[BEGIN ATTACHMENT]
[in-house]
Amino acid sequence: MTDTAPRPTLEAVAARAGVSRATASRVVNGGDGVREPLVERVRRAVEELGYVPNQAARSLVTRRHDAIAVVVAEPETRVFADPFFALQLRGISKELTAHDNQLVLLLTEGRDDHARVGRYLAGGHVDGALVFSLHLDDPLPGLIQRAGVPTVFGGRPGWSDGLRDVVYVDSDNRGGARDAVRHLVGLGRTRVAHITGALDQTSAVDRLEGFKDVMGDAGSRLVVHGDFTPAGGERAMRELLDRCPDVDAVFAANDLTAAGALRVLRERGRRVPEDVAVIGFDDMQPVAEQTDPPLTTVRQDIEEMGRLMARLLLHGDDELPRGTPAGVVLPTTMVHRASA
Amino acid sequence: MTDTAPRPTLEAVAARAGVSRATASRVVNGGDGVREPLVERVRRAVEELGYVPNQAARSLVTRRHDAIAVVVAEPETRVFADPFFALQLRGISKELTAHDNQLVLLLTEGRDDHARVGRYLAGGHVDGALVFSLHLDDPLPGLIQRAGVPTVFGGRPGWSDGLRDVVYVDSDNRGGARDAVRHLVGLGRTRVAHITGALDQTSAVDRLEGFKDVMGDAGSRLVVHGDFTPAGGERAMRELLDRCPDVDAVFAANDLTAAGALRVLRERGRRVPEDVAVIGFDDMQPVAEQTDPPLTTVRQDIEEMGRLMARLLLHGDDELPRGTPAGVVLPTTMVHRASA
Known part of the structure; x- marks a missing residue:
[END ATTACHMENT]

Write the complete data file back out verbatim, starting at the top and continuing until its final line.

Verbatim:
[in-house]
Amino acid sequence: MTDTAPRPTLEAVAARAGVSRATASRVVNGGDGVREPLVERVRRAVEELGYVPNQAARSLVTRRHDAIAVVVAEPETRVFADPFFALQLRGISKELTAHDNQLVLLLTEGRDDHARVGRYLAGGHVDGALVFSLHLDDPLPGLIQRAGVPTVFGGRPGWSDGLRDVVYVDSDNRGGARDAVRHLVGLGRTRVAHITGALDQTSAVDRLEGFKDVMGDAGSRLVVHGDFTPAGGERAMRELLDRCPDVDAVFAANDLTAAGALRVLRERGRRVPEDVAVIGFDDMQPVAEQTDPPLTTVRQDIEEMGRLMARLLLHGDDELPRGTPAGVVLPTTMVHRASA
Amino acid sequence: MTDTAPRPTLEAVAARAGVSRATASRVVNGGDGVREPLVERVRRAVEELGYVPNQAARSLVTRRHDAIAVVVAEPETRVFADPFFALQLRGISKELTAHDNQLVLLLTEGRDDHARVGRYLAGGHVDGALVFSLHLDDPLPGLIQRAGVPTVFGGRPGWSDGLRDVVYVDSDNRGGARDAVRHLVGLGRTRVAHITGALDQTSAVDRLEGFKDVMGDAGSRLVVHGDFTPAGGERAMRELLDRCPDVDAVFAANDLTAAGALRVLRERGRRVPEDVAVIGFDDMQPVAEQTDPPLTTVRQDIEEMGRLMARLLLHGDDELPRGTPAGVVLPTTMVHRASA
Known part of the structure; x- marks a missing residue: